Mailing List:1997-06-30 14, Prev. post, by Carol L. Marston

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Mailing List Archives > 1997-06-30 14, Prev. post, by Carol L. Marston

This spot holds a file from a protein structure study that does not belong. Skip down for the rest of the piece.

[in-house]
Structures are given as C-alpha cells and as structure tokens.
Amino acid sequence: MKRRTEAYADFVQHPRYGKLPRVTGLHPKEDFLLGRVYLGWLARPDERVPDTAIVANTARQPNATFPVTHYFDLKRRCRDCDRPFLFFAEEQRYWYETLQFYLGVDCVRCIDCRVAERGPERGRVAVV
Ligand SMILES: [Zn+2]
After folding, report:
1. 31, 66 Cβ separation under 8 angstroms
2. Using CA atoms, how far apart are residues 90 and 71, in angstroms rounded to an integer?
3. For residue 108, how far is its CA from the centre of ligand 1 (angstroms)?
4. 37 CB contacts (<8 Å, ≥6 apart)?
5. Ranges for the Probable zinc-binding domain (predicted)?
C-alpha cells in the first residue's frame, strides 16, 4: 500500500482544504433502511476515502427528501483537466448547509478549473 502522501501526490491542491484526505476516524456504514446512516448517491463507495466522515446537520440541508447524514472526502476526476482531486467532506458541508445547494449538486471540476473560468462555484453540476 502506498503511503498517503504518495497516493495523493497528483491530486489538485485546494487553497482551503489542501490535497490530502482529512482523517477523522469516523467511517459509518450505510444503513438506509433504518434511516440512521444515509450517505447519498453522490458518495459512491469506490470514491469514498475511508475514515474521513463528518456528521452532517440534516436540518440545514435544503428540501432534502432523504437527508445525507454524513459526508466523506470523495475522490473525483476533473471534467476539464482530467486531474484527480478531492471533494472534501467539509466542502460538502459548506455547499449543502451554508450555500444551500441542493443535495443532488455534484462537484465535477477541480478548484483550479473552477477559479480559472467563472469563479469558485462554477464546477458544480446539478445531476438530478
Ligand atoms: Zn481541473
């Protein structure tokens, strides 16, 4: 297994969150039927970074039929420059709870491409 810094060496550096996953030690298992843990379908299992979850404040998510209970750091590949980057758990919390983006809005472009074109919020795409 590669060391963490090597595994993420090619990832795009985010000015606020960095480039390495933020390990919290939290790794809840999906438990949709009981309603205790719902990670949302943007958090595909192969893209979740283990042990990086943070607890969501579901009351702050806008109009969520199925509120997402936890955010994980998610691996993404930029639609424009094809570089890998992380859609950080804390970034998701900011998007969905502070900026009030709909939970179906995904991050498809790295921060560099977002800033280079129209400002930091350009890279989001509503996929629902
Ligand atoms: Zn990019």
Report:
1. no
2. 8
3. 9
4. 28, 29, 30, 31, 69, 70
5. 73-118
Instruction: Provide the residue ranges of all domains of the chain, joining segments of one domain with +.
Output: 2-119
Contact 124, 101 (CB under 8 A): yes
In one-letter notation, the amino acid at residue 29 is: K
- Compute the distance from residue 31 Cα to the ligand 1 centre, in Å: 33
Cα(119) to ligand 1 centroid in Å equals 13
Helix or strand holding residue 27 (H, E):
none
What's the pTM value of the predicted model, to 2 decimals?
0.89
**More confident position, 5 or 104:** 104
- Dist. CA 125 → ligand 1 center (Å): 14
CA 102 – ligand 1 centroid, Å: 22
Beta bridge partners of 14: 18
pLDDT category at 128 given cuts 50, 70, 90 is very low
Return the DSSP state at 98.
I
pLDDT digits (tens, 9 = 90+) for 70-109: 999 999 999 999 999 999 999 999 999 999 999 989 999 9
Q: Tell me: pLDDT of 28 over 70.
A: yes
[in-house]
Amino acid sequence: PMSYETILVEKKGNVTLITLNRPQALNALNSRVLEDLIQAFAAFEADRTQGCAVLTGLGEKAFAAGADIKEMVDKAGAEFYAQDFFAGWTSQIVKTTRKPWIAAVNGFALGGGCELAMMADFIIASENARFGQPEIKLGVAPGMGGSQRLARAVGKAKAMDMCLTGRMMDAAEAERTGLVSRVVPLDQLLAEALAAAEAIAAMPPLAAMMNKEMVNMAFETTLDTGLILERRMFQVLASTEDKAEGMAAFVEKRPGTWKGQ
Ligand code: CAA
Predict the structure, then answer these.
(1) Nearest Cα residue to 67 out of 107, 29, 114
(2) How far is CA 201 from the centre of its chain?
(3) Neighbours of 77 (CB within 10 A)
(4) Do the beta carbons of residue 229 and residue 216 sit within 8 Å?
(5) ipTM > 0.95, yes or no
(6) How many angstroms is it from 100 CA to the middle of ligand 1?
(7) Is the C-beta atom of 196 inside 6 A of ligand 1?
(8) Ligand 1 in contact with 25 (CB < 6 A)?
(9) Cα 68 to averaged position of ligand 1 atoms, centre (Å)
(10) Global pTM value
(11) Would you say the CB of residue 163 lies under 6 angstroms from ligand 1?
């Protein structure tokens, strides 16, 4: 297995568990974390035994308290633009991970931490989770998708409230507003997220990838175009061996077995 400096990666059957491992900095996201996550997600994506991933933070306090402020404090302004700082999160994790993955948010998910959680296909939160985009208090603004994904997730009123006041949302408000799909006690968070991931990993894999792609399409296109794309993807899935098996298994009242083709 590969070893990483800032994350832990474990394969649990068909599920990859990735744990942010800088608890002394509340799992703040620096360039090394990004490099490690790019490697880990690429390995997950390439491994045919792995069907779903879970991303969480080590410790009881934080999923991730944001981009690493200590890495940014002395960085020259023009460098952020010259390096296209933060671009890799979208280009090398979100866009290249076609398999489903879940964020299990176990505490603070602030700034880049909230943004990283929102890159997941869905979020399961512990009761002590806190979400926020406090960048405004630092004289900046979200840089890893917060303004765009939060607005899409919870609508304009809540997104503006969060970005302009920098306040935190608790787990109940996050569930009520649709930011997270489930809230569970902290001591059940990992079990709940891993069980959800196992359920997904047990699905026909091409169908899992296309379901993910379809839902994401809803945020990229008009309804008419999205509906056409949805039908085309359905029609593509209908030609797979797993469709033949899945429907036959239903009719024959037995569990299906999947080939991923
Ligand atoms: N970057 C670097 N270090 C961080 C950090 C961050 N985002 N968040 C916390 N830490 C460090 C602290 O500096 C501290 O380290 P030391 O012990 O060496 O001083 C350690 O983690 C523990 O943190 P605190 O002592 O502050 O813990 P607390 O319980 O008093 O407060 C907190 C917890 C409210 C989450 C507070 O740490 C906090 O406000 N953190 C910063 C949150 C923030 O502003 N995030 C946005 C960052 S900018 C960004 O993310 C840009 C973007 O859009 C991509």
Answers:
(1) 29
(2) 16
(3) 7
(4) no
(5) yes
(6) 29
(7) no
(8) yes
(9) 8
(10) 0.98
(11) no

From: "Carol L. Marston" <cmarston -at- bytethis.com> Subject: Prev. post Date: Mon, 30 Jun 1997 22:06:43 -0400 HI I had previously posted this to the group on June 25. It was just returned to me as undeliverable. I believe that some of your received it anyways. I am posting it again. Sorry for the inconvenience of two long messages in one day but I had promised to to several folks and I don't know who got it and who did not. Thank goodness for the delete button! Carol This is for those of you who requested the info from the book Connecticut Valley, Massachusetts book in my posession. MILTON BURRALL WHITNEY Milton Burrall Whitney, an attorney and counselor-at-law by profession, at Westfield, was born in the east parish of Granville,Hampden Co., Mass Oct. 6, 1825. He is of English decent, his ancestors having emigrated from the mother country to New England early in the last century. His great-grandfather, Uriah Whitney, served as a private in the Continental army in the Revolutionary War and was taken prisoner by the English at the battle of White Plannins, N.Y. Owing to the limited pecunieary means of his parents, Mr. Whitney enjoyed simply the advantages of an ordinary common-school education in his youth, yet at the early age of sixteen he was well qualified to teach in th district schools, in which pursuit he met with marked success. By the advice of Rev. Timothy M. Cooley, D.D., the pastor of the Congregational Church in East Granvillek, who was a fine classical scholar and a successful teacher, and who took a deep interest in his welfare, he was induced to commence the study of the classics, preparatory to admission to college. He pursued his preparatory studies under the direction of his friend, D. Cooley, much of the time at home, wlaking a distance of four miles nearly every day to recite, until he entered the sophomore class, Williams College, in 1846. Although compelled, in order to procure the funds necessary to prosecute his studies, to be absent from college for the purpose of teaching one tern each year, during his collegiate course, yet he was graduated with high honors in th eclass of 1849, one of the largest and ablest classes which ever graduated at college. After graduation he taught two years and then entered as a student the law-office of Bates and Gillett, in Westfield, Mass. He was admitted to the Bar at Springfield, Mass., in June, 1853 and immediately afterward formed a law parnership with Hon. Wm.G.Bates, with whom he continied in practice about twelve years. He is now the senior partner in the law firm of Whitney and Dunbar, and has for several years been one of the leading members of the Hampden County Bar. He resided in Westfield, Mass., since his admission to hte Bar. Although claiming to be independent in politics, he has almost invariably voted and acted with the Republican Party since its organization. He was elected to the Massachusetts Senate from the wester Hampden Senatorial district in the fall of 1861, receiving all but one hundred and four votes cast, having the largest majority ever cast for any candidate in the district. Although one of the youngest members of the Senate he was appointed chairman of two important committees, and a member of several others, and discharged the duties with credit. He was relected the following year by a handsome majority; was appointed a member of the committee on Federal Relations, and took an active and leading part in the important legislation demanded by the war of the Rebellion. He was elected in the fall of 1868 as Presidential elector of the Tenth Congressional District of Massachusetts. He is now and has been for several years past a trustree and secretary of the Westfield Savings-Bank, a director of the First National Bank of Westfield, and also a director in several manufacturing corporations. He has been a trustee and chairman of the library committee of the Westfiled Atheneum since its organization, and has always taken a deep interest in its prosperity; and the choice collection of books upon its shelves is largely due to his discriminating and scholarly taste. Although his time and talents have been largely given to his profession, yet Mr. Whitney had taken an active interest in all enterprises tending to promote the social, intellectual, and moral prosperity of the town in which he resides. Taken from: pages 958 and 959 (sketched portrait also available) History of the Connecticut Valley Massachusetts with illustrations and bigraphical sketches of some of its prominent men and pioneers vol. II Phildelphia Louis H. Everts 1879 Press of J.B. Lippincott anf co., Philadelphia


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